Pure Haiku OPEN to submissions!

Just a few days left to compose and submit!

purehaiku

Welcome back to Pure Haiku!

Our new theme is UNFURLING.

Please use this beautiful painting, Unfurling, by Elisa Ang to inspire you to write 5 haiku to submit by email before 28th February 2021 at midnight, UK time.

Take a really good look at the picture. I mean, a REALLY good look. Don’t just write about what’s there, write about what’s beneath the painting. What emotion or image or memory does it awake in you? Tell me something different about this picture. Don’t just rattle off 5 haiku with the 5-7-5 syllabic line structure. Really let Elisa’s painting speak to you. Then tell me about it, in your own words. Be different. Be aware. Be inventive! Use this image as a starting point for your creative flow…

You are NOT allowed to use the words LEAF, UNFURLING, UNFURLED OR UNFURL/S in either your haiku or the titles…

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Tanka for the end of the cold

sun melts its butter
on afternoon fields wind blows
still winter sharp
dig deep into warming earth
plant spring unfold summer

For Frank Tassone’s haikai challenge. An afternoon of gardening, clearing and planting. The smell of violets was overpowering.
I cheated a bit. It isn’t cold at all now, but since Ash Wednesday isn’t a thing in these parts…

Smoke

For the dverse prompt, including the lines from The Song of Wandering Aengus by WB Yeats:

I went out to the hazel wood,
Because a fire was in my head.

Caillou High

I went out to the hazel wood, because a fire was in my head, but the fire, I took with me, and the rushing stream couldn’t quench the flames. I listened to the blackbird, but his song was out of kilter, and the sun streamed slantwise through the pale green leaves.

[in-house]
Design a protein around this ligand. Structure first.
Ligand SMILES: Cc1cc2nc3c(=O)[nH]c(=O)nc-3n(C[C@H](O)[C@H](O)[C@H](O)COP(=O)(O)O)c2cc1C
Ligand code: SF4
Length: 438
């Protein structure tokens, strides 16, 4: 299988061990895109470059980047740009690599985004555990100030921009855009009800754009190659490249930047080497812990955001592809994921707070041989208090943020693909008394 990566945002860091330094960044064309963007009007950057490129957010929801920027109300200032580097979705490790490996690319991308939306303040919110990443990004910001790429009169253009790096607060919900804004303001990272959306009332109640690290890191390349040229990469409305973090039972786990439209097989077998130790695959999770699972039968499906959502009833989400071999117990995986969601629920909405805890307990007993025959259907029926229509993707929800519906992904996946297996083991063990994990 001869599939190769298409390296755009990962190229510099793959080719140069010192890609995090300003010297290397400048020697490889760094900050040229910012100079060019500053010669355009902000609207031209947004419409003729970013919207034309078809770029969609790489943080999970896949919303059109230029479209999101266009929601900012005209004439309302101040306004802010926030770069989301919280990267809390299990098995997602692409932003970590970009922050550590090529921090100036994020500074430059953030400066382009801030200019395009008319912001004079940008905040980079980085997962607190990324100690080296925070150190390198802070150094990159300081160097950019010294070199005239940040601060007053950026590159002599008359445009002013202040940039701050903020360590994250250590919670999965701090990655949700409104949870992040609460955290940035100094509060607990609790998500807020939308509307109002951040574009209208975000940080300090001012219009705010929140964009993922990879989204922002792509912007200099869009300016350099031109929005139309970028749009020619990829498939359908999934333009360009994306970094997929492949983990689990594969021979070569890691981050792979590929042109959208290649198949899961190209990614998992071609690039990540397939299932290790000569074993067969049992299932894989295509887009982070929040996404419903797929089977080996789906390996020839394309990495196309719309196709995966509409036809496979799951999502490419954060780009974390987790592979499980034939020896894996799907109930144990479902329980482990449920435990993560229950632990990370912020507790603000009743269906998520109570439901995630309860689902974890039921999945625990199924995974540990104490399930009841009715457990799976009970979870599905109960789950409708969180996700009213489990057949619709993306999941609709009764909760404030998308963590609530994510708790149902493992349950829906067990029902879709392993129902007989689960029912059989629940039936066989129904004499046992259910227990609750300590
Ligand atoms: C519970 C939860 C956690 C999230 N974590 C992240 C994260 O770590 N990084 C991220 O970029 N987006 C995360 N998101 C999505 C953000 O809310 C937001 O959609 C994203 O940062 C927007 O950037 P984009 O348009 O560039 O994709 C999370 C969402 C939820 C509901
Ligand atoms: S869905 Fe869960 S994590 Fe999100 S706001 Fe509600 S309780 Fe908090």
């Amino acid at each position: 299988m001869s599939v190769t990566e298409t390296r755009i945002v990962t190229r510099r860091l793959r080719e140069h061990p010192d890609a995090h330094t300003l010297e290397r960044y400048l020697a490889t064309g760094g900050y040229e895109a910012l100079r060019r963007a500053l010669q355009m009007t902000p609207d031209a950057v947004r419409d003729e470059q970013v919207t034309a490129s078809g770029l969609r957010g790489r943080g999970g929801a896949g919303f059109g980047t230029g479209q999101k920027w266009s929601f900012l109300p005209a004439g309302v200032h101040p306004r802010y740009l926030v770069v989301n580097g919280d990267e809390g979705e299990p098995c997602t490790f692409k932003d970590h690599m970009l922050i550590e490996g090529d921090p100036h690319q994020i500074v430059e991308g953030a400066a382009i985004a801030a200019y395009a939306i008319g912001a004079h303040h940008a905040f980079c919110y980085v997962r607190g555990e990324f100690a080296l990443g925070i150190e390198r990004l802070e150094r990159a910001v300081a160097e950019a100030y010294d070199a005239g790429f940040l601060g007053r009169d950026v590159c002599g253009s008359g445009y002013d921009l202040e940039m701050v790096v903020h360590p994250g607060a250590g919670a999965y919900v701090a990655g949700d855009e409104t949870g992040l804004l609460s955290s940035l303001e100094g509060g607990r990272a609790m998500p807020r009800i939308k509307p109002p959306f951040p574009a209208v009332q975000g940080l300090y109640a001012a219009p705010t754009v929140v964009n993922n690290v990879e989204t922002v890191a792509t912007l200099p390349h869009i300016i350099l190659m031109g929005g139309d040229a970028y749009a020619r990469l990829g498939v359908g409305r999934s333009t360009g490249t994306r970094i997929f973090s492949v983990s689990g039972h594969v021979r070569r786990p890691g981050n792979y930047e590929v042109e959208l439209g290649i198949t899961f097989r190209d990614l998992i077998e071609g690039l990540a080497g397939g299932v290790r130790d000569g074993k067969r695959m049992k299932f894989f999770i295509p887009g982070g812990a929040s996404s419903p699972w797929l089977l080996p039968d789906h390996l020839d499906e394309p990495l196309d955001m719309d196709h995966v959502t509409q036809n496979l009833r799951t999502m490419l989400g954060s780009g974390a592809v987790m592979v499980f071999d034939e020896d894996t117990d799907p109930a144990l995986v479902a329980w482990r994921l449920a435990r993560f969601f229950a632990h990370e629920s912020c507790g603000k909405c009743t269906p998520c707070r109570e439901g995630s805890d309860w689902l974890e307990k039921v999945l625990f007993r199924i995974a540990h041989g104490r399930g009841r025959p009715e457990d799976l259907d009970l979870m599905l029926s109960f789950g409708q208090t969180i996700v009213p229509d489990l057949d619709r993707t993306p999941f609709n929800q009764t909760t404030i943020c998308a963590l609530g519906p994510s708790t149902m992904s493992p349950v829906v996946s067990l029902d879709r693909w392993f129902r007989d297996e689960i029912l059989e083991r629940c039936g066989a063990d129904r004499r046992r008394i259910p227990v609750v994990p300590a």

They say the world is spinning to its end, the heaving oceans empty of their fish are filling with our discarded plastic. I listen to the blackbird but his song is not for me.

They’re shooting in the chase, I can hear the horns and the coarse voices shouting, coarser than any dog giving tongue. As if we needed more blood. The world is drowning in it.

Listen, blackbird, to the pale-winged moths, their song is more in keeping with these end times. Hush. I hear the ocean rushing over the world’s edge.

#writephoto: Dark pool

A short story for Sue Vincent’s weekly photo prompt. You’ll have to go to Sue’s blog to see the prompt as WP refuses to upload it here.

The river flows as it always did, in turbulent pools where the bank is broken by the deep stone walls. Impregnable, they always said, with the cliff behind and the river before, and my father laughed at the notion of siege.
“We have stores enough for two years within and the wells never run dry.”
When he said I was to marry the neighbouring seigneur to make our joint lands the wealthiest in the county, the fort became a prison. You vowed you would come for me, as I vowed I would be here when you did. No walls would keep me in if your arms waited on the other side.
So I was here where the river rolls, with its whirlpool of autumn leaves carried round and round in the current, trapped between buttress and bank, when you guided your boat with muffled oars silently beneath walls. I was here when you raised your sweet face and opened your arms.